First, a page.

I'm not even sure I want to jump into the middle of this but (selfishly) any research done could help me jump a brick wall I've looked at for years. (My 4th g-grandmother's name maybe?)
No one seems to have brought up the subject, but there's evidence that Elvis may have had Tuscarora ancestry. I have an extensive DNA database of the descendants of my 4th g-grandfather [Dunning Casiah|Casiah-2] (bc 1729) and several of his siblings, plus my family and other members of the Tuscarora and Lumbee Tribes.
I descend from Dunning Casiah's daughter [Elizabeth Casiah|Casiah-28] b 1787, who married Enoch Smith in Rowan Co. NC in 1805. She appears to have been living with Charles Presley and Mary "Polly" Casiah Presley in Rowan Co. at the time, as both of her parents died by 1800.
I match a descendant of [Charles Presley|Presley-363] & Mary "Polly" Casiah, and a descendant of [John Presley|Presley-353]'s. Charles and John were both sons of Andrew Presley. The Casiahs and the Presleys were next neighbours in Camden, Kershaw/ Lancaster Co. SC.
John married Elizabeth Hall in 1779, but there is suspicion that he 1st married one of the Casiah daughters - possibly Nancy or Margaret - and that [Dunning John Presley|Presley-3 ] was the child of that marriage. Otherwise, there should be no reason I would match his descendants.
I will say as a caveat that the segment matches are between people who are 12 generations apart, so they are not large. Looking at Gedmatch's 'Q' segments for the descendant of Dunning John Presley's they range from 26 to 40. I'd like to analyze all of that data again but my Tier 1 sub has run out and I messed up my Paypal account. I will do the analysis as soon as I'm able to get Paypal working again. I'm also willing to post the results of this analysis, with images, once I get my Tier 1 issues straightened out.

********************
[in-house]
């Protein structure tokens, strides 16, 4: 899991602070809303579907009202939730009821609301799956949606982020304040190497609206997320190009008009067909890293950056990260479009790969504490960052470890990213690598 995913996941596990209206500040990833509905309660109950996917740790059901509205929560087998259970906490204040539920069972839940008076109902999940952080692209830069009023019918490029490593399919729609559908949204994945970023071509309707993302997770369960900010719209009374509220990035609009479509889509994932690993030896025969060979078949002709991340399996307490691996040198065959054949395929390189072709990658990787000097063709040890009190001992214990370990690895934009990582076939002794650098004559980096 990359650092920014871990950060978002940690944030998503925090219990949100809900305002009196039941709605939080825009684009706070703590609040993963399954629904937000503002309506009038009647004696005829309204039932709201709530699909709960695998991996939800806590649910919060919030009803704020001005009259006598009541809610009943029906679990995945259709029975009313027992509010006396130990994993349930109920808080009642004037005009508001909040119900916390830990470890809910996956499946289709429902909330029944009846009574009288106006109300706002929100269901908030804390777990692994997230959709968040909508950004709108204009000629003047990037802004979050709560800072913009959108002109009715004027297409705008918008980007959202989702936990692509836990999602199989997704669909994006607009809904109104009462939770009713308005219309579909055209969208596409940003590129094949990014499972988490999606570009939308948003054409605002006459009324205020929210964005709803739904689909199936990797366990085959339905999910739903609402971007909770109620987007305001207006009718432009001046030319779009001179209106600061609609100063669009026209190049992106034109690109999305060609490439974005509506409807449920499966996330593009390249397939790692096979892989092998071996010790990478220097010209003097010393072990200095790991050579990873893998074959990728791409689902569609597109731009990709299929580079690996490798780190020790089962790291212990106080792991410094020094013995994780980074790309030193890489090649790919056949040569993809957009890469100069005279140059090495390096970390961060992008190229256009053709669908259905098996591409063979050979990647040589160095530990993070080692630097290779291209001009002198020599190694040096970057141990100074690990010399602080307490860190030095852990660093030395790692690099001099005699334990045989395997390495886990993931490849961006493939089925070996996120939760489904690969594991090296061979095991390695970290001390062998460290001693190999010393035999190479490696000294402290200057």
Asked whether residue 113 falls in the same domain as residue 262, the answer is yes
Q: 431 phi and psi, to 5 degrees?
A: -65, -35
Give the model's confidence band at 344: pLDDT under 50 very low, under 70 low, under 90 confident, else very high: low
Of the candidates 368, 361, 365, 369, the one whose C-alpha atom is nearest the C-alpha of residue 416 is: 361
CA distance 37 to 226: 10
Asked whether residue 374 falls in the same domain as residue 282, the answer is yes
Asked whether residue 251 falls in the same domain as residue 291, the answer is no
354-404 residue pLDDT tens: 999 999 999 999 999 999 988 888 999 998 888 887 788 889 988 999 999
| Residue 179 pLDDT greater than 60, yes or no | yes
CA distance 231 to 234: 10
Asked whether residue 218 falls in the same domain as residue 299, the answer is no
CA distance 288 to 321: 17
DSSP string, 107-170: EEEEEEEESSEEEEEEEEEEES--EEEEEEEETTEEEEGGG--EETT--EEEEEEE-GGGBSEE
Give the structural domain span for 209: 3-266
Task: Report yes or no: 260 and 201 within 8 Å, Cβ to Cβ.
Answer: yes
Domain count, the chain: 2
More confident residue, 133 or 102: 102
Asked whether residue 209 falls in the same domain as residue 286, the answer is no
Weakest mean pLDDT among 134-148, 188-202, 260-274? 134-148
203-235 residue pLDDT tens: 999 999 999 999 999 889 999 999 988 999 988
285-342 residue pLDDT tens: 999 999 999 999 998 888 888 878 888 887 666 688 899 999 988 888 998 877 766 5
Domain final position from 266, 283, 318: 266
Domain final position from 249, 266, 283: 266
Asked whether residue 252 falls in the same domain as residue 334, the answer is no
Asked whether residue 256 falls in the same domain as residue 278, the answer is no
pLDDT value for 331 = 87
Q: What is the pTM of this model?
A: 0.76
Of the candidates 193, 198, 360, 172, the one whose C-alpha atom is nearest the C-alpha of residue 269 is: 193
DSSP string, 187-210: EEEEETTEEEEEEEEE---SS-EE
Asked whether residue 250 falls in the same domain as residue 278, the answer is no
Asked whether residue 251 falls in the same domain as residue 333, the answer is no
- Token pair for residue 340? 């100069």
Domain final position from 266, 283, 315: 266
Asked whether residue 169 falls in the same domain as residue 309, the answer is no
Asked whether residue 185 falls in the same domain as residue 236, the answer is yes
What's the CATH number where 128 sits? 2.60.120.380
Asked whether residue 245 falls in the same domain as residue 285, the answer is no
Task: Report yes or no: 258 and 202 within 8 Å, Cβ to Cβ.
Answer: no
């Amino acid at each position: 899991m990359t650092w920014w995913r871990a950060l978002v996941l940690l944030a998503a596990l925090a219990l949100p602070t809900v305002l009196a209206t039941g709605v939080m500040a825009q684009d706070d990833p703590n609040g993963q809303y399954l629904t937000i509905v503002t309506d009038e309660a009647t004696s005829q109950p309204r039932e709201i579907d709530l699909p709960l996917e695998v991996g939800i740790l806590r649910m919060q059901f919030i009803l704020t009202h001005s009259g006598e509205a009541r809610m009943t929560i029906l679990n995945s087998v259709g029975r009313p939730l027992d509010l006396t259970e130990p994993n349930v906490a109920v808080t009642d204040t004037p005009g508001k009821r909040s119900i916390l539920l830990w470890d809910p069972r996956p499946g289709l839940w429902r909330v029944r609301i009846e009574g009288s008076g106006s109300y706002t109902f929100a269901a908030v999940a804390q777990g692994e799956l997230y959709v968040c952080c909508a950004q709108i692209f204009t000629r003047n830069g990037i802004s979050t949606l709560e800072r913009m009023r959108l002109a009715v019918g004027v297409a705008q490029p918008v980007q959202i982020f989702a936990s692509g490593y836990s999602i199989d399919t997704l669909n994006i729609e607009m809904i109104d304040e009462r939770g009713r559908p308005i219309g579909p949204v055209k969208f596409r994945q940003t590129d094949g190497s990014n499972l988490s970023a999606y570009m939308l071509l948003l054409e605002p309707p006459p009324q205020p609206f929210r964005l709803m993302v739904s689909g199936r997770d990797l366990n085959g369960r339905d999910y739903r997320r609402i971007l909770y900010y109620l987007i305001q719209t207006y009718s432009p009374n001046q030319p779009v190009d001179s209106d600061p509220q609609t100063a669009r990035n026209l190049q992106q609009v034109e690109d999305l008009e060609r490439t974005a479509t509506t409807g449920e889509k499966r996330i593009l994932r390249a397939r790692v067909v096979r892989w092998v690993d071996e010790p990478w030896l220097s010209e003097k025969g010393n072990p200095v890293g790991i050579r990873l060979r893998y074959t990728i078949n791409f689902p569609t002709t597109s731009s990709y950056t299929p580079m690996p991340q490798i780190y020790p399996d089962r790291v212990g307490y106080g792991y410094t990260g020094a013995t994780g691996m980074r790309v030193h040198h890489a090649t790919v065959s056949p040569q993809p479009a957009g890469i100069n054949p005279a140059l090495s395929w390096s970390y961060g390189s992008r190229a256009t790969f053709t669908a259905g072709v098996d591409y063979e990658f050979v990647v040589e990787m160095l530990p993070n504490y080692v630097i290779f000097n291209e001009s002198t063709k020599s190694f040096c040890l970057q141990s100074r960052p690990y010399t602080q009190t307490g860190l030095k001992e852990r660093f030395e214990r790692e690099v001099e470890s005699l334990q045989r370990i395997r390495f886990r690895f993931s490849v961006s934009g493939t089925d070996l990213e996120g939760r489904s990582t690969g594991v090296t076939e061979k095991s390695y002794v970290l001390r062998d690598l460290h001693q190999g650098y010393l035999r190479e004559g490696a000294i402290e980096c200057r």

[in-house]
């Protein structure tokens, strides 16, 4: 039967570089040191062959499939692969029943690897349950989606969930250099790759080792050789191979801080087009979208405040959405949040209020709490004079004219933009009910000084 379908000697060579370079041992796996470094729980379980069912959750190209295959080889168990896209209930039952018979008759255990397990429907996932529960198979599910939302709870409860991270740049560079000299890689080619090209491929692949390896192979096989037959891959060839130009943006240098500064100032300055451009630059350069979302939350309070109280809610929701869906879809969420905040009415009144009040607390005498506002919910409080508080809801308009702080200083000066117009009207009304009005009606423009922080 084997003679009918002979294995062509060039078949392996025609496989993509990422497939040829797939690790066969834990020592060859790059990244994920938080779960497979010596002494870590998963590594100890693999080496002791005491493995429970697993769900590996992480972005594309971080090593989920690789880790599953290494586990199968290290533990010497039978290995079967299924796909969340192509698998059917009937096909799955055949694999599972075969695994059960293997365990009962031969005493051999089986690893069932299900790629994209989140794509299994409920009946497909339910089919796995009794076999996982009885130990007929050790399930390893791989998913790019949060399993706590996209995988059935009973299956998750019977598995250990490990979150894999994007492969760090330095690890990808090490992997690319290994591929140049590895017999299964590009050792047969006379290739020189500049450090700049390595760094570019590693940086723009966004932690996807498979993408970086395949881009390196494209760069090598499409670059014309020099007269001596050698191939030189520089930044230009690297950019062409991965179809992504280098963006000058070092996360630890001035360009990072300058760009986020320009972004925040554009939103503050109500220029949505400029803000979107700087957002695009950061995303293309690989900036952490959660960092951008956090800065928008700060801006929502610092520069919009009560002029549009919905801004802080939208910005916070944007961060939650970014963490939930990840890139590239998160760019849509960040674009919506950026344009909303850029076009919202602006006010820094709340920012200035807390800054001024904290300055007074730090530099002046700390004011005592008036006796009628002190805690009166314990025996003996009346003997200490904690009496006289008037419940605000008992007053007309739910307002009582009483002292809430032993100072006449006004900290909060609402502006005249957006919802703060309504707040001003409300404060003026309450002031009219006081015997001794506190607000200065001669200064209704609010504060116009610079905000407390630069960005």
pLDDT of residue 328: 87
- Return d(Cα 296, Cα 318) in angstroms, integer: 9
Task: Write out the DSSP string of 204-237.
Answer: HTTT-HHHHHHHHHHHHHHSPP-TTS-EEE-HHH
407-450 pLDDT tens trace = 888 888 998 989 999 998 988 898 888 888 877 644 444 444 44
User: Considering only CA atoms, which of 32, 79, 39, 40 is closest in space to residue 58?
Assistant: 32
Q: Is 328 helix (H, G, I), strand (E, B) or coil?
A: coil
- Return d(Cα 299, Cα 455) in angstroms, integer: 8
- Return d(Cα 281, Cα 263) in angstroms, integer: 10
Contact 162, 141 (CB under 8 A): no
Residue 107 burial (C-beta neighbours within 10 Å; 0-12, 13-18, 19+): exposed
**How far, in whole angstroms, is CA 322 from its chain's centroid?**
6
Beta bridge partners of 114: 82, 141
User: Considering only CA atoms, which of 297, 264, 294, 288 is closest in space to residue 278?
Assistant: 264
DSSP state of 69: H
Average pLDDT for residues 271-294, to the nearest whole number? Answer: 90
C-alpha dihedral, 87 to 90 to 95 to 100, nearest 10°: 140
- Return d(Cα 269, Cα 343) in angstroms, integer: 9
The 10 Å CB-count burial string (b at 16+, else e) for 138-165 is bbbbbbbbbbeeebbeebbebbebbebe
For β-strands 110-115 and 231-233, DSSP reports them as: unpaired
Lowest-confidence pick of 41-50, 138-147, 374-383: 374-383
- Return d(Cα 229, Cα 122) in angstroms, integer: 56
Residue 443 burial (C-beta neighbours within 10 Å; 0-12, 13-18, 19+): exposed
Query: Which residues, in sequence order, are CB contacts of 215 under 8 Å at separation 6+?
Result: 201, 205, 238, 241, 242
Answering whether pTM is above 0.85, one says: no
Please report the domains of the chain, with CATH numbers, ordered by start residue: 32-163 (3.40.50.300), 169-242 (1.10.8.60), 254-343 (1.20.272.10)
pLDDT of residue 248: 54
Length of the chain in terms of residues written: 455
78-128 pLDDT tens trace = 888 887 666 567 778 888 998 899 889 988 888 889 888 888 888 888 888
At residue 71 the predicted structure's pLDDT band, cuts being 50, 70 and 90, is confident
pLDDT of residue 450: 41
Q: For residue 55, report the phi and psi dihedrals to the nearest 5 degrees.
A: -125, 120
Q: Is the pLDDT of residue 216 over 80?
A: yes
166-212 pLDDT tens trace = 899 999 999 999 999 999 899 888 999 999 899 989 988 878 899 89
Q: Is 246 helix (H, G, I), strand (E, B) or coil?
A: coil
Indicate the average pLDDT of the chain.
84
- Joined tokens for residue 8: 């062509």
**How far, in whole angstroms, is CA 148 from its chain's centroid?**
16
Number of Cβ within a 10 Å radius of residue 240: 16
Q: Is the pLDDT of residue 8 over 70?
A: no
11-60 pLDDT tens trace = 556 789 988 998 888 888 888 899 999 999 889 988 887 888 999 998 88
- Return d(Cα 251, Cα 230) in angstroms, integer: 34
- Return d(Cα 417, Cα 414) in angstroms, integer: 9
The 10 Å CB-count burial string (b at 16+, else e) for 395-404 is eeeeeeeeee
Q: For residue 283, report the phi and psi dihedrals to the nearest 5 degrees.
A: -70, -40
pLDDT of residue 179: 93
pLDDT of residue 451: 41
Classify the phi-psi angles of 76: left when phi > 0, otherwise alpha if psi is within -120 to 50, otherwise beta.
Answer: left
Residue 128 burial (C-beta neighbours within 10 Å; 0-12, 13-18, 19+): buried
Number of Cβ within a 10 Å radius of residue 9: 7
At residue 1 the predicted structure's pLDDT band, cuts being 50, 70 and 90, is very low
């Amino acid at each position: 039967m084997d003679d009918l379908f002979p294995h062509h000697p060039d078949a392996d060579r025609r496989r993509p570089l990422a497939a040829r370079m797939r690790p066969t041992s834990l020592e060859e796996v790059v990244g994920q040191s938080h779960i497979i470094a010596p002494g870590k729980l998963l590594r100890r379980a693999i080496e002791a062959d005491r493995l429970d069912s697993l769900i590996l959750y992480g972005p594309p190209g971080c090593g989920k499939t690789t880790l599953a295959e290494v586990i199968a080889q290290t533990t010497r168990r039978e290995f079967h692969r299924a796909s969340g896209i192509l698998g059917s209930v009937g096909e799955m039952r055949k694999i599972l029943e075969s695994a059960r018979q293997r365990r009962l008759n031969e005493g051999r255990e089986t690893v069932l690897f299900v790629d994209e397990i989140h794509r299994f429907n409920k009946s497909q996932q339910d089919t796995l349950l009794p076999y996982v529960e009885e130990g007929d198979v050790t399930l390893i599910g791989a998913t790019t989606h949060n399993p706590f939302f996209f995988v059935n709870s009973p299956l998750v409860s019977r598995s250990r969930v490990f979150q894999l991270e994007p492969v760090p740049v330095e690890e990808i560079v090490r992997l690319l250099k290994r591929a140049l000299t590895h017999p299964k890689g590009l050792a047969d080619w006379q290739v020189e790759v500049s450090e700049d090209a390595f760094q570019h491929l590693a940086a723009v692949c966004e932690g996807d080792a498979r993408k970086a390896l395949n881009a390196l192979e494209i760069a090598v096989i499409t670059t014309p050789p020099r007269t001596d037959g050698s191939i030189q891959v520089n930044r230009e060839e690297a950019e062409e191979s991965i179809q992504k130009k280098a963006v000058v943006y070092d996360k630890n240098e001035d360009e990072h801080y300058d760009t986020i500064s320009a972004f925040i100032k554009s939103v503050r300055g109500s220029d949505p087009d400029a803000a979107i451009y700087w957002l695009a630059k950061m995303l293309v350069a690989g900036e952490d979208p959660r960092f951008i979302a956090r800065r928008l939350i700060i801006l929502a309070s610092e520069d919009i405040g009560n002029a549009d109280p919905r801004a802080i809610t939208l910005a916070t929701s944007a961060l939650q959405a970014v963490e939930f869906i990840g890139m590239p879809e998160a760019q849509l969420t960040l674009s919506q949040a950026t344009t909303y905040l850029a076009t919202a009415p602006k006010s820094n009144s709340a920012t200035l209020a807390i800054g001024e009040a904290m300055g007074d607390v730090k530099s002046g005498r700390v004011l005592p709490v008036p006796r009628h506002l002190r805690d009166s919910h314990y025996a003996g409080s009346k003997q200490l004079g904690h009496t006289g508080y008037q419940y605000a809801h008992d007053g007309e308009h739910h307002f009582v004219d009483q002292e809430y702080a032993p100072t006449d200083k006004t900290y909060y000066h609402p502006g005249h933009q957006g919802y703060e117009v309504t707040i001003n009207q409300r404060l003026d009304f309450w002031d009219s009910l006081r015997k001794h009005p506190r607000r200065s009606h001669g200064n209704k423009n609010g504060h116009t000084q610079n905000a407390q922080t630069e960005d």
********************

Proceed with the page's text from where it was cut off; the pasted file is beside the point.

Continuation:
On my spreadsheet, all my Presley descendant matches fall into runs of much larger segment matches of more recent relatives in the same family. I began doing genealogy in 1971, and my documentation on this line extends from my father's generation back to before the Tuscarora assumed European-style surnames.
I work with genetics as part of my job as director of a non-profit which supports and advocates for people with a group of ultra-rare genetic disorders, and I've worked with genetics teams from Harvard, Howard Hughes, and Ulm (Germany), so I'm fluent in medical genetics, which has been a great help.
While analyzing the results of DNA tests done at our family reunion in 2016 I found a segment pattern unique to descendants of one man who lived appx 1630 - 1700. He was foundational to today's Tuscarora Nation. There was a population bottleneck in the early and mid-1700s caused by war, European diseases, and aggressive slave-raiding, so about 50% of today's Tuscarora share one male ancestor and one, or both, of his two wives. This segment persists for appx six-seven generations before disappearing. I haven't found it in *anyone* who does not have Tuscarora ancestry. There are several other places on the genome where identical segments of shared Native DNA can be seen, but this one segment is unique to all his descendants to the sixth generation.
Both the Presley descendants I match have it. With Charles and Polly's descendants it is almost certainly because Polly passed it on. But there is no reason John Presley's descendants would have it unless he married a daughter of Dunning Casiah and Dunning John Presley Sr. was her son. If that is true then Elvis inherited Native American ancestry through that line.
DNA aside, it would be very helpful if we could locate a marriage record or any documentation referring to that marriage. I am in Canada and have no access to records that are not online. The American cousins I worked with for 40+ years have all passed away.
Is there anyone willing to tackle marriage records for SC for the period? (1778-1785) Assuming there are any! The last name, Casiah, can be spelled almost any way. Our research group found 45 different spellings of it since they appear to have adopted the Skarù·ręʔ word for "my nuclear family" (Kčę’heh) as a surname in the 1740s and there's simply is no way to render the Skarù·ręʔ pronunciation into English.
Happy rooting, or as we say in Skarù·ręʔ
Oneh - I go